Posts Tagged ‘mobile’

Sony Updates Lens-Style Camera to Include Photo Gallery, Better Connectivity

December 19, 2013  |  All Things Digital  |  No Comments

Sony’s better-in-concept-than-in-execution camera is getting a much needed update. The mobile photo app for the Sony QX10 and QX100 lens-style cameras, which I reviewed in full a few months ago , will now have a built-in photo browser. The previous version of the app, called PlayMemories mobile, didn’t have a photo gallery, which meant users had to leave the Sony camera app and navigate to the smartphone’s native camera roll to see the photos they just snapped. And Sony is promising that the updated app, which for now only applies to iOS, will result in a twice-as-fast connection speed when it comes to wirelessly linking the Sony cameras with the smartphone app. An Android app update is in the works, Sony said in a press release. Finally, a firmware update next month will allow for HD video recording and higher ISO settings with the cameras. The Sony lens-style camera hit the market this past fall, costing $250 for the 18.2-megapixel QX10 lens and $500 for its higher-end sibling, and offered a unique way to take pro-level photos with your smartphone. The lenses are technically digital cameras, as I wrote then, packed with image sensors and a shutter button, but they look like cylindrical lenses, without a viewfinder. You smack them onto the back of your smartphone to transform that five-megapixel pocket computer into what’s supposed to be a cool camera. But as I experienced, having to frequently reconnect the lens-camera with the smartphone felt like a hassle when trying to capture a series of photos throughout an event or outing, and the lack of photo gallery in the app just seemed silly. Sony promised updates were on the way, and here they are, at least the first batch of them.

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Big Money for Mobile Crowdsourced Transit App Moovit, With Sequoia Leading $28M Round

December 18, 2013  |  All Things Digital  |  No Comments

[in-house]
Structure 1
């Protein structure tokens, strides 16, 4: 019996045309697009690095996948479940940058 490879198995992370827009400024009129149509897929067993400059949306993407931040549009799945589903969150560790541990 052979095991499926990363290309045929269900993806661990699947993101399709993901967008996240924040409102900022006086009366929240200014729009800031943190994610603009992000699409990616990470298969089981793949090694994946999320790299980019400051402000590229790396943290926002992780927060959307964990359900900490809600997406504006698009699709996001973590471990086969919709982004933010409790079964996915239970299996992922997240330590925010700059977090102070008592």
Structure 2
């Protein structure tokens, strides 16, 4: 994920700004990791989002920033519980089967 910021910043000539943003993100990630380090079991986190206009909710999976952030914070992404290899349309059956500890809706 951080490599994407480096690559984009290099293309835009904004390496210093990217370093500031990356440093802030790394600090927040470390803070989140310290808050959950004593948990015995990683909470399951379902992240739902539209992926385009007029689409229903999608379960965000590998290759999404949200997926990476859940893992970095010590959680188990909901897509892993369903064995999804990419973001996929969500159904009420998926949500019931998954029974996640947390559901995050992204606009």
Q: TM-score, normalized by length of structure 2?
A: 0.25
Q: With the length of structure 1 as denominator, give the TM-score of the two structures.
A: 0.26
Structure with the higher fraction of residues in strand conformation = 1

The notion that public transportation is a large and growing global opportunity for a tech company might seem a bit of a strange one. But, as Moovit co-founder and CEO Nir Erez sees it, “The world is bending towards public transportation because there’s no choice, cities are too crowded.” More than six billion people are expected to live in cities by 2050, according to the United Nations. Moovit has just raised $28 million led by Sequoia Capital. The round massively ups the stakes for a company that has 30 employees and had previously raised a total of $3.5 million from BRM Group and Gemini Israel Ventures (who also contributed to the new funding). How it works: a Moovit user opens the free iPhone or Android app to check what’s the best means of transportation to a destination and when it’s arriving at his or her current location. When the user hops on the bus and starts moving, Moovit makes a note of the actual arrival time, and updates its estimates in real-time for users looking up later stops. Erez said Moovit now has hundreds of thousands of daily users who generate 10 to 12 million active reports per day. They have made 40 million trip requests in the past year. The app only became available outside of Israel about a year ago, and it is now especially popular in Santiago, Chile; Bogota, Colombia; and Rio Sao Paulo, Brazil. Most Moovit reports are passively contributed, the company also seems to have hit on the crowdsourcing jackpot of voluntary contributions

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Centerbridge Won’t Proceed With Deal to Buy LightSquared

December 17, 2013  |  All Things Digital  |  No Comments

LightSquared Inc. said Tuesday that Centerbridge Partners LP has backed out of a tentative deal to buy the company out of bankruptcy, although the wireless venture is pursuing a transaction under similar “architecture” with existing stakeholders. Centerbridge left the deal “for economic and noneconomic reasons,” a LightSquared lawyer said at a hearing Tuesday in Manhattan bankruptcy court. Centerbridge didn’t immediately respond to a request for comment. Read the rest of this post on the original site »

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Pact Raises $1.5M to Help People Hit Health Goals by Putting Money on the Line

December 17, 2013  |  All Things Digital  |  No Comments